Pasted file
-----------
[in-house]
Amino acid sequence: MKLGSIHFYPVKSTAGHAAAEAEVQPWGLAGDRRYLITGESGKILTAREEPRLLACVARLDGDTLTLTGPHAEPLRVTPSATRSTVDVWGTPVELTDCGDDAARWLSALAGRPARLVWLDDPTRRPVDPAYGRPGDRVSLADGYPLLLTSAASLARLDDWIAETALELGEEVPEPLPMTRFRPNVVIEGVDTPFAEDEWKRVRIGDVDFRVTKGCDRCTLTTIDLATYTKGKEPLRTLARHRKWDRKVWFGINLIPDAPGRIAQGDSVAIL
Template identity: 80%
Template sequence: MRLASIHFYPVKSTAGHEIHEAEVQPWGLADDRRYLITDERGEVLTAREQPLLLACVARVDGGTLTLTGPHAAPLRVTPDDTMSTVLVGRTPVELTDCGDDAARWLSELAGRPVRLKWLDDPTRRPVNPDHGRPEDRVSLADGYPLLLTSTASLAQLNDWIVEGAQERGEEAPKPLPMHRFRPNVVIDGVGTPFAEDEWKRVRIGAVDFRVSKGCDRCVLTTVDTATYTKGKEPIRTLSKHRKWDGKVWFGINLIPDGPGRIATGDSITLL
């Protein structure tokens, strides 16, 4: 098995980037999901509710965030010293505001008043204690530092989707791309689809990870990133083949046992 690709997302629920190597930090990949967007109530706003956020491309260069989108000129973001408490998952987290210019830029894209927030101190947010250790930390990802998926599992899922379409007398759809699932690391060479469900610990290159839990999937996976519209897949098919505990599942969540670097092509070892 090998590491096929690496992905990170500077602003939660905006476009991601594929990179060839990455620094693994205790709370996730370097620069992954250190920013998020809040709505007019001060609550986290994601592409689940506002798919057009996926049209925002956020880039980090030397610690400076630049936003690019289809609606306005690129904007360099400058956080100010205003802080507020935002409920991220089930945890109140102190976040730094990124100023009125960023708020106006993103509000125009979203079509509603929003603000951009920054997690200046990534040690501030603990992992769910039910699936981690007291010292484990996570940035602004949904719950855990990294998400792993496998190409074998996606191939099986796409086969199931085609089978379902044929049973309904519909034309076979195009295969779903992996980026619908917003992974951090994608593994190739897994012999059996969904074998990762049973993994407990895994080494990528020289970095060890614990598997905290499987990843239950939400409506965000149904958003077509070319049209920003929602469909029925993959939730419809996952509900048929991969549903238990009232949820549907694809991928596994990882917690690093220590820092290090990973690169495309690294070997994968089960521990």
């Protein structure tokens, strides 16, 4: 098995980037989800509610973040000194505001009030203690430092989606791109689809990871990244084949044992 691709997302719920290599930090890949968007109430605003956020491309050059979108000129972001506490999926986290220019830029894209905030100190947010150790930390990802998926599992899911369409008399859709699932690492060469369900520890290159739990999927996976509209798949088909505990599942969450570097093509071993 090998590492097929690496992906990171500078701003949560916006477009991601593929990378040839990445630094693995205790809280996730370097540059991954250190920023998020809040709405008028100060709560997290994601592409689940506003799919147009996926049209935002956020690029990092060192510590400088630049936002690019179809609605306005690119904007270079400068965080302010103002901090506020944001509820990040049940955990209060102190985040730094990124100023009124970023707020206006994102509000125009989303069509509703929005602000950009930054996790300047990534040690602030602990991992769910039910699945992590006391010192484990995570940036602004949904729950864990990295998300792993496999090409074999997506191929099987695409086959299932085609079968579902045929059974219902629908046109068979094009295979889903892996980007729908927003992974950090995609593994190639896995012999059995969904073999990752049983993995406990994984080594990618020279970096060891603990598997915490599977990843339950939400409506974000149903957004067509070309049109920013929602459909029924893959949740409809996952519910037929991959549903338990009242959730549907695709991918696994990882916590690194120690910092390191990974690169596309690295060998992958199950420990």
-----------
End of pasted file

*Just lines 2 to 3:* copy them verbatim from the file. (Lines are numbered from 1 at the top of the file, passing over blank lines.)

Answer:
Amino acid sequence: MKLGSIHFYPVKSTAGHAAAEAEVQPWGLAGDRRYLITGESGKILTAREEPRLLACVARLDGDTLTLTGPHAEPLRVTPSATRSTVDVWGTPVELTDCGDDAARWLSALAGRPARLVWLDDPTRRPVDPAYGRPGDRVSLADGYPLLLTSAASLARLDDWIAETALELGEEVPEPLPMTRFRPNVVIEGVDTPFAEDEWKRVRIGDVDFRVTKGCDRCTLTTIDLATYTKGKEPLRTLARHRKWDRKVWFGINLIPDAPGRIAQGDSVAIL
Template identity: 80%